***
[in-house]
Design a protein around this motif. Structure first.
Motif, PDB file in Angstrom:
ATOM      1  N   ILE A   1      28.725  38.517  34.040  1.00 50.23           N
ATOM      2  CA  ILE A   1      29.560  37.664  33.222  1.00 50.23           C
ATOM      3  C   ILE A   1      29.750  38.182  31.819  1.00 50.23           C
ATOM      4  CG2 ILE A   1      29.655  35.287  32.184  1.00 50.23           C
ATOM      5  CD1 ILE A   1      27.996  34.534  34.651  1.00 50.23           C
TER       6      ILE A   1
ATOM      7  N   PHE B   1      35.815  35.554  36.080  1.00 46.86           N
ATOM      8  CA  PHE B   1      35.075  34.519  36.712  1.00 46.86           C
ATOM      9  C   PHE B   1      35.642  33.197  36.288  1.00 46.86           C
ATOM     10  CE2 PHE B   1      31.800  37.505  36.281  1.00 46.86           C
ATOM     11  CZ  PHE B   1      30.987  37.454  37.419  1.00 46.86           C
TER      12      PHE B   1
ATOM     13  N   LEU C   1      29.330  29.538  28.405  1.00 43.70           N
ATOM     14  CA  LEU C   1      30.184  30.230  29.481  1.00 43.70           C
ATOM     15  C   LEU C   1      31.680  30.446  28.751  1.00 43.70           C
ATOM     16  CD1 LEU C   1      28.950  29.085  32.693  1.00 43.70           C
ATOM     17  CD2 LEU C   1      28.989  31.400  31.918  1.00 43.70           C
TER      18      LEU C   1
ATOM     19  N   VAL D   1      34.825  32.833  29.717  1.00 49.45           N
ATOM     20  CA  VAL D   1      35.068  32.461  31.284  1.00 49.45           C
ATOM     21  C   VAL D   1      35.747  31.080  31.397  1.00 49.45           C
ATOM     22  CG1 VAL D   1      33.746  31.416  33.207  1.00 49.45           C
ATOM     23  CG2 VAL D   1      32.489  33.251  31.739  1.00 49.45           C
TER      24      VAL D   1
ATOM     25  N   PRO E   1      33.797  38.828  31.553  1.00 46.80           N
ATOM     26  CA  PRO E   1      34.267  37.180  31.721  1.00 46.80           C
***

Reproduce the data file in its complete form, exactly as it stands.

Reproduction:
[in-house]
Design a protein around this motif. Structure first.
Motif, PDB file in Angstrom:
ATOM      1  N   ILE A   1      28.725  38.517  34.040  1.00 50.23           N
ATOM      2  CA  ILE A   1      29.560  37.664  33.222  1.00 50.23           C
ATOM      3  C   ILE A   1      29.750  38.182  31.819  1.00 50.23           C
ATOM      4  CG2 ILE A   1      29.655  35.287  32.184  1.00 50.23           C
ATOM      5  CD1 ILE A   1      27.996  34.534  34.651  1.00 50.23           C
TER       6      ILE A   1
ATOM      7  N   PHE B   1      35.815  35.554  36.080  1.00 46.86           N
ATOM      8  CA  PHE B   1      35.075  34.519  36.712  1.00 46.86           C
ATOM      9  C   PHE B   1      35.642  33.197  36.288  1.00 46.86           C
ATOM     10  CE2 PHE B   1      31.800  37.505  36.281  1.00 46.86           C
ATOM     11  CZ  PHE B   1      30.987  37.454  37.419  1.00 46.86           C
TER      12      PHE B   1
ATOM     13  N   LEU C   1      29.330  29.538  28.405  1.00 43.70           N
ATOM     14  CA  LEU C   1      30.184  30.230  29.481  1.00 43.70           C
ATOM     15  C   LEU C   1      31.680  30.446  28.751  1.00 43.70           C
ATOM     16  CD1 LEU C   1      28.950  29.085  32.693  1.00 43.70           C
ATOM     17  CD2 LEU C   1      28.989  31.400  31.918  1.00 43.70           C
TER      18      LEU C   1
ATOM     19  N   VAL D   1      34.825  32.833  29.717  1.00 49.45           N
ATOM     20  CA  VAL D   1      35.068  32.461  31.284  1.00 49.45           C
ATOM     21  C   VAL D   1      35.747  31.080  31.397  1.00 49.45           C
ATOM     22  CG1 VAL D   1      33.746  31.416  33.207  1.00 49.45           C
ATOM     23  CG2 VAL D   1      32.489  33.251  31.739  1.00 49.45           C
TER      24      VAL D   1
ATOM     25  N   PRO E   1      33.797  38.828  31.553  1.00 46.80           N
ATOM     26  CA  PRO E   1      34.267  37.180  31.721  1.00 46.80           C